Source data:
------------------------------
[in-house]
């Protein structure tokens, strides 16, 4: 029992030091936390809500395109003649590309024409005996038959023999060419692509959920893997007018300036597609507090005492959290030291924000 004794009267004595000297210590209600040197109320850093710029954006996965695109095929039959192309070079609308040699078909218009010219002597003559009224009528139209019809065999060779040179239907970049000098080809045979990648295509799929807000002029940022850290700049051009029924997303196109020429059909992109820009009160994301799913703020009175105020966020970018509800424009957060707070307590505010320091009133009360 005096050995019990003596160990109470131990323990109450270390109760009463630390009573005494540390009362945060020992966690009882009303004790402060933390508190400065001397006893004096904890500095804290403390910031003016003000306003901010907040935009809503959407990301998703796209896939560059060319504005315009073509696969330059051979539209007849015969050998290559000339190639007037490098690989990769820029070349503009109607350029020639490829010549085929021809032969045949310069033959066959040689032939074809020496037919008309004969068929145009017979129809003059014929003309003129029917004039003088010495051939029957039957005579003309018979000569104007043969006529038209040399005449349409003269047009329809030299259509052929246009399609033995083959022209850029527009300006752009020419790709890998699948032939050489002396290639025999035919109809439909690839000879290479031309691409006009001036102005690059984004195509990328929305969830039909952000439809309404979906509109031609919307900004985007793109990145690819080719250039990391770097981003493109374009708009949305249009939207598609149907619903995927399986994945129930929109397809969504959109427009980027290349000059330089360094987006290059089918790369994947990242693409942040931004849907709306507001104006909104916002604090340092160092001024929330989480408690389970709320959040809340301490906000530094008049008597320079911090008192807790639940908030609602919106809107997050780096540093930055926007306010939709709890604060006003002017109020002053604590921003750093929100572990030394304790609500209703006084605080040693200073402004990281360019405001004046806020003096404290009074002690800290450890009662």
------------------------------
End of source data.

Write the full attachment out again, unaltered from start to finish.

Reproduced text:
[in-house]
């Protein structure tokens, strides 16, 4: 029992030091936390809500395109003649590309024409005996038959023999060419692509959920893997007018300036597609507090005492959290030291924000 004794009267004595000297210590209600040197109320850093710029954006996965695109095929039959192309070079609308040699078909218009010219002597003559009224009528139209019809065999060779040179239907970049000098080809045979990648295509799929807000002029940022850290700049051009029924997303196109020429059909992109820009009160994301799913703020009175105020966020970018509800424009957060707070307590505010320091009133009360 005096050995019990003596160990109470131990323990109450270390109760009463630390009573005494540390009362945060020992966690009882009303004790402060933390508190400065001397006893004096904890500095804290403390910031003016003000306003901010907040935009809503959407990301998703796209896939560059060319504005315009073509696969330059051979539209007849015969050998290559000339190639007037490098690989990769820029070349503009109607350029020639490829010549085929021809032969045949310069033959066959040689032939074809020496037919008309004969068929145009017979129809003059014929003309003129029917004039003088010495051939029957039957005579003309018979000569104007043969006529038209040399005449349409003269047009329809030299259509052929246009399609033995083959022209850029527009300006752009020419790709890998699948032939050489002396290639025999035919109809439909690839000879290479031309691409006009001036102005690059984004195509990328929305969830039909952000439809309404979906509109031609919307900004985007793109990145690819080719250039990391770097981003493109374009708009949305249009939207598609149907619903995927399986994945129930929109397809969504959109427009980027290349000059330089360094987006290059089918790369994947990242693409942040931004849907709306507001104006909104916002604090340092160092001024929330989480408690389970709320959040809340301490906000530094008049008597320079911090008192807790639940908030609602919106809107997050780096540093930055926007306010939709709890604060006003002017109020002053604590921003750093929100572990030394304790609500209703006084605080040693200073402004990281360019405001004046806020003096404290009074002690800290450890009662």